“By showing you value an employee’s time — and the time they are available to work with your business — you can grow trust and transparency, and retain the right people in your business for longer.

Many studies have shown that workers know the 20th Century 9am to 5pm day is outdated. People want flexibility around their working hours and will reward businesses that understand it not only with better work, but better work for longer.”

  1. Embrace the cloud

“Today’s smartphones are faster and more powerful than the computers which put people on the moon,” Christian says. 

“And around the world there are several billions of them, packets of power in people’s pockets, changing almost every part of life with greater connectivity and capacity.

“For workers this is revolutionising the global workforce. For business it has seen traditional accounting and scheduling systems head for the history books.

“In the digital age, traditional management systems have been outrun by cloud-based technology in almost every part of business. From simpler scheduling to easy expenses and other day-to-day tasks, the cloud solves data back-up issues and makes off-site disaster recovery a thing of the past.”

  1. Communicate the culture you want

Dog looking at woman working on her laptop

Free beer Fridays? Dogs in the office? Sounds like a good company culture! (And one we actively promote at Planday)

But more than a few cans in the fridge, “culture tells us what to do when the CEO isn’t in the room,” says Frances Frei & Anne Morriss in the Harvard Business Review.

And it is also the key to keeping valuable staff for longer.

“Money might be what motivates most people to come to work, but the culture is what will keep them there for longer,” says Naomi Trickey, VP of People & Culture at Planday.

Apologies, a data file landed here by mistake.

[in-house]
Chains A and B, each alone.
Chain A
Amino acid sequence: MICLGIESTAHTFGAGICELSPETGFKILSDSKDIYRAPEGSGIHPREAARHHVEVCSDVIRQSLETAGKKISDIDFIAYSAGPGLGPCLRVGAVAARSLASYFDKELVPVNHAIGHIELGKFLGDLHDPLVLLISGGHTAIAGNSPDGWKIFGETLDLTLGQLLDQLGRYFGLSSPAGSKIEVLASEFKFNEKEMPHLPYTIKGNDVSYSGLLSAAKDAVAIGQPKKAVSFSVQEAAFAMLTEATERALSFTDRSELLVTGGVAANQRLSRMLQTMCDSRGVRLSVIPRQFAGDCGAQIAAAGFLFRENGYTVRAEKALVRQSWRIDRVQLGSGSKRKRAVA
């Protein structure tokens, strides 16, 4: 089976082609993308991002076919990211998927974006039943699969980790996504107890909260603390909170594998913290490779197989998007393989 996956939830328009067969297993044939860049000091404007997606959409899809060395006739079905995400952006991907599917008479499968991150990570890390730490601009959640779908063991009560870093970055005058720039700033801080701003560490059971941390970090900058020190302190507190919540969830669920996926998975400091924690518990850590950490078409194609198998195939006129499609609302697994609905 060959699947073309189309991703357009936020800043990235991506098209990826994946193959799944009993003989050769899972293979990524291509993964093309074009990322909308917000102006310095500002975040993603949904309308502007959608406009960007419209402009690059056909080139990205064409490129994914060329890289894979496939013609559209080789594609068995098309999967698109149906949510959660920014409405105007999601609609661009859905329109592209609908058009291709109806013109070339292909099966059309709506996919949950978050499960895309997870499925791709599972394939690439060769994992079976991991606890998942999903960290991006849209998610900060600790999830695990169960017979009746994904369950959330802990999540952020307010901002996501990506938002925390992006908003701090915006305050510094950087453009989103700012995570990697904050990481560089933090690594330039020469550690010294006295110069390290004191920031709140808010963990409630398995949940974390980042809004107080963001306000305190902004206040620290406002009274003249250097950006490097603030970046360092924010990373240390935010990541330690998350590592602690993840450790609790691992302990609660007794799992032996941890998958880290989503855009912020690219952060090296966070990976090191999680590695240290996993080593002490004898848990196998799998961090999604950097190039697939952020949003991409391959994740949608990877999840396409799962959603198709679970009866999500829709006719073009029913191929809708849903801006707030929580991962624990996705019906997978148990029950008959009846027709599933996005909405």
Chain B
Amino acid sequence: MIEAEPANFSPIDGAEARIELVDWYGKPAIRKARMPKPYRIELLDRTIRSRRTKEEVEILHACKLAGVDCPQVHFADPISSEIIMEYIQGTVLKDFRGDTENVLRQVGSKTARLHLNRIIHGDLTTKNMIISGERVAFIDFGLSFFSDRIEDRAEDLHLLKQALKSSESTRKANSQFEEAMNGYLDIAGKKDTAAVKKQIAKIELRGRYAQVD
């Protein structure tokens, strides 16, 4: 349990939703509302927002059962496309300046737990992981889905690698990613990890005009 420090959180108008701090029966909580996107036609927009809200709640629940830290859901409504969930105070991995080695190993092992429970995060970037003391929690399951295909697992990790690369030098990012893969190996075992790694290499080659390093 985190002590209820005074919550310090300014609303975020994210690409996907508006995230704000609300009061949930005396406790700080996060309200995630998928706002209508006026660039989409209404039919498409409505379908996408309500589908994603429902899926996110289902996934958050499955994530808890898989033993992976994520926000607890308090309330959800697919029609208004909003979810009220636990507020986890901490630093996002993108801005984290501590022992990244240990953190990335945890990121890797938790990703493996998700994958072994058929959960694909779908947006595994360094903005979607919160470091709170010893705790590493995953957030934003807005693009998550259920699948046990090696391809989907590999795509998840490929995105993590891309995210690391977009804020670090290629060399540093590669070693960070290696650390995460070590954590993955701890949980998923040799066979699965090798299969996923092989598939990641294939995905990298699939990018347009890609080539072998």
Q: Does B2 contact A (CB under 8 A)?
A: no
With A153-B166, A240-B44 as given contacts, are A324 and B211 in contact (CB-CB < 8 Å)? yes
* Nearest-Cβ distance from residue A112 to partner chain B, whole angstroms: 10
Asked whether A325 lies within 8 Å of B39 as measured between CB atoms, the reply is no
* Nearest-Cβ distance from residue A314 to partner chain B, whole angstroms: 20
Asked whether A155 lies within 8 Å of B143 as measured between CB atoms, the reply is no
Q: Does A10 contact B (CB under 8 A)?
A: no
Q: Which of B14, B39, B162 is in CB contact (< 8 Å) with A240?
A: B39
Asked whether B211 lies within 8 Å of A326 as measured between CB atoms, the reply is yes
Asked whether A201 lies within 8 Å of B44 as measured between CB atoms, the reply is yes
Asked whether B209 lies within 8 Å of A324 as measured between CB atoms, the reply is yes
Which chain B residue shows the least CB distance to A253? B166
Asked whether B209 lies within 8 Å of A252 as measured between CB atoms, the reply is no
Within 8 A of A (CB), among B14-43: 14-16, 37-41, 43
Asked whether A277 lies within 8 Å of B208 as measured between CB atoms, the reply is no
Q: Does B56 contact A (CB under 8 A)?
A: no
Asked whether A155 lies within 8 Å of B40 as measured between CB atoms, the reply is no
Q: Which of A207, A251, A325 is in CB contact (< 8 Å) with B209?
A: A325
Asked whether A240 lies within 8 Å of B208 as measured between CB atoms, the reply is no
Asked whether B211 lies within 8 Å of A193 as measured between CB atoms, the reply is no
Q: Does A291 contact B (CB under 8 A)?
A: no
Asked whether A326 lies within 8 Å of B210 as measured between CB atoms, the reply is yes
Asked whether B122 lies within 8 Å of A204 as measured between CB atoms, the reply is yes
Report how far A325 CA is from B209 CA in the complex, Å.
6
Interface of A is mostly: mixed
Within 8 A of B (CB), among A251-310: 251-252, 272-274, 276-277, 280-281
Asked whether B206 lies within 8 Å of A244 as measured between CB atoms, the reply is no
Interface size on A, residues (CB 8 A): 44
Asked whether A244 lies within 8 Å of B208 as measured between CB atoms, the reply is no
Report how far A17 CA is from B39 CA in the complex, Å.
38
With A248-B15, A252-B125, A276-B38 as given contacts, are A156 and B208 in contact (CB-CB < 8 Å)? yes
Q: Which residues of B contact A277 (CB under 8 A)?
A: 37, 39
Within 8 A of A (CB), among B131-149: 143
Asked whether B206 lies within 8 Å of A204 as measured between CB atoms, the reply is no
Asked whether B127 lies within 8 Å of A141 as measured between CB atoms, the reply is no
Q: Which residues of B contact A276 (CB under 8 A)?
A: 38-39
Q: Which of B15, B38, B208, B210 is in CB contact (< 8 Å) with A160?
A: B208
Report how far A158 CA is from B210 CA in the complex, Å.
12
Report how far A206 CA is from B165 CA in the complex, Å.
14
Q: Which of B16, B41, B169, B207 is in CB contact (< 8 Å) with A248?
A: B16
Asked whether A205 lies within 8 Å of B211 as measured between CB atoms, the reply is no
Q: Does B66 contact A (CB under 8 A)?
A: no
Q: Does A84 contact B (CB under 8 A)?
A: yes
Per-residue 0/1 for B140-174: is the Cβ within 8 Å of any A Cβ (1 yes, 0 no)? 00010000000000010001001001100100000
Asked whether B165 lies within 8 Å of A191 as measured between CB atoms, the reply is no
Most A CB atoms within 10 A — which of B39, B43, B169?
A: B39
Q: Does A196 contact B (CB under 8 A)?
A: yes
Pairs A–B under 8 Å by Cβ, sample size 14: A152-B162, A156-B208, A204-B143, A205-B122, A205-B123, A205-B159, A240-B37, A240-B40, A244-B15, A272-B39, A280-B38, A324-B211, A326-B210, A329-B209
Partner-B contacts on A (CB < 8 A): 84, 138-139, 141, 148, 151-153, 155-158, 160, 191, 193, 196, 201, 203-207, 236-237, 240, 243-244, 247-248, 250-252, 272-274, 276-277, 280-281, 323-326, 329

“Starting with a talented team, company culture can make your business the envy of the market. It will bring bright people together — working together toward scaling and growing the company, exploring and succeeding in new markets or meeting the strategy KPIs managers and the CEO might set.

“But it’s something that can’t be faked. It has to be worked on and encouraged, constantly, to pay off. And that comes down to clear and open communication.”

For tips on building a great company culture — and to check how yours is — click here. 

  1. The Planday difference

While the gig economy grows and workplace laws catch up, Planday is your partner in maximising employee engagement, keeping up to date with workplace trends and making flexibility your friend.

“Planday is powering the global workforce revolution, helping Millennials — which will soon be the biggest demographic in the work market — maximise their skill set and manage their time in their own way,” Christian says.

“We enable businesses to give gig economy workers the flexibility they need with the on-demand communication they deserve.

“And when it comes to franchisees like Costa Coffee, who are dealing with high numbers of staff across many different locations and situations, we can perhaps show them how a best practice approach to managing shift workers might actually increase staff retention, and make them an employer of choice.”